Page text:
Living with chronic health conditions poses unique challenges for patients, requiring them to navigate a landscape of ongoing care and management. Because chronic diseases often last a person’s lifetime, proactive measures are needed to ensure a better quality of life.
In this blog, we’ll dig into what chronic health conditions are, the impact they can have, and why it’s crucial to manage and treat them effectively.
What are chronic conditions?
Chronic health conditions are ailments that persist over an extended period, often lasting for months to a lifetime. Unlike acute illnesses that resolve with treatment, chronic diseases necessitate ongoing care, making them a significant aspect of healthcare worldwide.
Common chronic conditions include heart disease, diabetes, arthritis, Alzheimer’s, and some mental health disorders.
Treating and managing chronic conditions is often a complex, challenging undertaking. Many chronic diseases are the leading cause of death or disability in the U.S., and the risk of developing another chronic condition increases if the patient already has one.
As part of treating certain chronic conditions, healthcare professionals often work with their patients in developing a chronic disease management plan. These plans typically consist of activities and behavioral or lifestyle changes to reduce the symptoms of an existing chronic condition or the likelihood of developing one. Ultimately, the goal is to help patients with chronic disease or at-risk have a higher quality of life and live more independently.
What are the most common chronic diseases?
According to the CDC, six out of 10 adults in the U.S. live with a chronic disease, and four in 10 adults have more than one condition. Below, we used healthcare commercial intelligence from the Atlas All-Payor Claims dataset and external sources to determine five of the most common chronic health conditions and explore some recent trends surrounding them.
Chronic disease management market trends
The prevalence and strain of chronic conditions reverberate across both the healthcare industry and the broader economy. This burden, and the challenges chronic care encompasses, have prompted healthcare providers, businesses, the federal government, and other organizations to develop new ways to diagnose, treat, and manage chronic disease.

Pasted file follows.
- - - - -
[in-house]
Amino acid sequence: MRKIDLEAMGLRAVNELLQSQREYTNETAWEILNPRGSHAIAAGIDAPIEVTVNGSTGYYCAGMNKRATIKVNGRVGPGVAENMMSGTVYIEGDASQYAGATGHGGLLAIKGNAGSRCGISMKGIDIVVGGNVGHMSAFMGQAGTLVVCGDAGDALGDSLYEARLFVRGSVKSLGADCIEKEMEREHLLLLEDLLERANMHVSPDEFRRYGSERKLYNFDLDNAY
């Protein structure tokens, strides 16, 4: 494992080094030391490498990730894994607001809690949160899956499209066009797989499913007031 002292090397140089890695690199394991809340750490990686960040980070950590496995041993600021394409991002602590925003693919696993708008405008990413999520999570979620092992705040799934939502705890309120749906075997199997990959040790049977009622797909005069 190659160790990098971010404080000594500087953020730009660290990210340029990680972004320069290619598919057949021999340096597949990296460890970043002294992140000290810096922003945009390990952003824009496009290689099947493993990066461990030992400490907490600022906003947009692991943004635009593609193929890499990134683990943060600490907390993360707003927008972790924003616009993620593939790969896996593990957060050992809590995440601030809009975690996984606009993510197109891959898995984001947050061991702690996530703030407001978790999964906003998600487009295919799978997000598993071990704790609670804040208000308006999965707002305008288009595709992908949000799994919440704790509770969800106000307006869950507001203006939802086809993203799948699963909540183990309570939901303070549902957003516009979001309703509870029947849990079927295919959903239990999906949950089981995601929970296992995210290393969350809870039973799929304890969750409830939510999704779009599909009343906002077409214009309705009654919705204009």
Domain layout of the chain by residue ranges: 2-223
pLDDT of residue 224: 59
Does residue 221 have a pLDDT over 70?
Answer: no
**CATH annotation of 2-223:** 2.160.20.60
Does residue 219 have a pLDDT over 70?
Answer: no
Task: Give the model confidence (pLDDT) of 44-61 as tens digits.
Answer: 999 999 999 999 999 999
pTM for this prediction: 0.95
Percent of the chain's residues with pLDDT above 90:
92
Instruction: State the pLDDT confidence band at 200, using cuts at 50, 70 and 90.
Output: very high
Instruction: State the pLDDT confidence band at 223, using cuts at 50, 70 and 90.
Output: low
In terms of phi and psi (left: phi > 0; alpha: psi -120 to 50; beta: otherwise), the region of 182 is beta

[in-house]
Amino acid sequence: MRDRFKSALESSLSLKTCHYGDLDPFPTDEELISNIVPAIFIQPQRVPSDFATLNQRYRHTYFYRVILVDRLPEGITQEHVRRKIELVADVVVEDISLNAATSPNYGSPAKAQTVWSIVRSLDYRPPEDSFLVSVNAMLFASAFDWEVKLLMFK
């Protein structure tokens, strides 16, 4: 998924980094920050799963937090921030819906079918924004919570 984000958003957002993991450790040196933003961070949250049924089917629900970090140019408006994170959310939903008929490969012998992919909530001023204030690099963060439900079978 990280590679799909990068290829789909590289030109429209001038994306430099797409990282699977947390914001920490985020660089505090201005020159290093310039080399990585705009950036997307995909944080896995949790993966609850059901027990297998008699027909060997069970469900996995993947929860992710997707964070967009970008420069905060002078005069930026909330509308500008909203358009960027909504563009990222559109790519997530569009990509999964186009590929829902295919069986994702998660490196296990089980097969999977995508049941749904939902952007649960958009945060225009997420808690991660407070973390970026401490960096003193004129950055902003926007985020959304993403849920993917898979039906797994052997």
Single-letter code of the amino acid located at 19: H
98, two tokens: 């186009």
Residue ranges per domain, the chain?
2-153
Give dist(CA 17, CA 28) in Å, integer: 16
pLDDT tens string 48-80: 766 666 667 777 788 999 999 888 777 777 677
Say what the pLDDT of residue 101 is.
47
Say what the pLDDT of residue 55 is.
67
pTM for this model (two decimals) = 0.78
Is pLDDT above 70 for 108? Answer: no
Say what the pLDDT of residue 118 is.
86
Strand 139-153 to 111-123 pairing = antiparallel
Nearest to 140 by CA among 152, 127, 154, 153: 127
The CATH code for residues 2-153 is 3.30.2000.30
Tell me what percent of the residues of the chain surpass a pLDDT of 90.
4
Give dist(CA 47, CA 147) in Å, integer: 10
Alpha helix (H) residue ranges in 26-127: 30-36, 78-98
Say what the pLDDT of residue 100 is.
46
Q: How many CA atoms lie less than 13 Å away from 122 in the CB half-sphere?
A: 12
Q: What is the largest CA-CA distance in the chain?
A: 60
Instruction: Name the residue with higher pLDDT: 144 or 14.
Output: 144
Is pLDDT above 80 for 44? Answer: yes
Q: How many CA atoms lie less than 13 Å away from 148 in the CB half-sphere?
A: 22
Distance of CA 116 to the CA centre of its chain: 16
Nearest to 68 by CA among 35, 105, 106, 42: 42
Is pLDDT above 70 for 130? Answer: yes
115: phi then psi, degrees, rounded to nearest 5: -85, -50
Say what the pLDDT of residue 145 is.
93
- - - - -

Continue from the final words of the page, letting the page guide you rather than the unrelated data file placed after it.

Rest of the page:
Two trends in the chronic care space growing in popularity are remote patient monitoring and the ‘food is medicine’ movement.
New technologies and devices are making it easier and more convenient for patients with chronic conditions to receive treatment and engage with their doctors. For example, patients living with diabetes or heart disease can use blood glucose meters, weight scales, blood pressure monitors, and other devices to report various clinical metrics to their providers, all without leaving their homes.
The food you eat can also play an important role in disease management and prevention. The food is medicine movement targets the underlying causes of many of the most common chronic conditions: high blood pressure, high cholesterol, lack of physical activity, excessive alcohol and/or tobacco use, and more. The aim of this healthcare approach is to reduce chronic disease by improving access to nutrition resources, encouraging investing in medically tailored meal programs, and addressing food insecurity in communities.
Innovative solutions to treating and managing chronic conditions can also help relieve the enormous financial impact these diseases have on the economy.
Conditions like diabetes, hypertension, and obesity require ongoing medical attention, often leading to significant healthcare costs. The CDC estimates that chronic diseases (and mental health conditions) account for 90% of U.S. healthcare spending—about $4.1 trillion annually. For employers, chronic conditions also represent a significant threat to workforce productivity, leading to billions in lost income. And, of course, having a chronic condition can severely impact a person’s income and deplete their savings. It’s clear that new technologies, policies, strategies, and ways of thinking about chronic conditions are needed to combat this issue.
Many chronic diseases are preventable
Although common and costly, many chronic diseases are also preventable. Many chronic conditions are linked to lifestyle choices that are within a patient’s own hands to change. Eating healthy, sleeping well, knowing your family history, and exercising regularly can all help lower one’s risk of developing a chronic condition and can help address the symptoms of them. The CDC offers a range of helpful resources for preventing chronic diseases.
Interested in more trends in chronic conditions? Want to get hands-on with the data used in this blog? Then sign up for a free trial today to see how healthcare commercial intelligence can help you understand the chronic disease market better.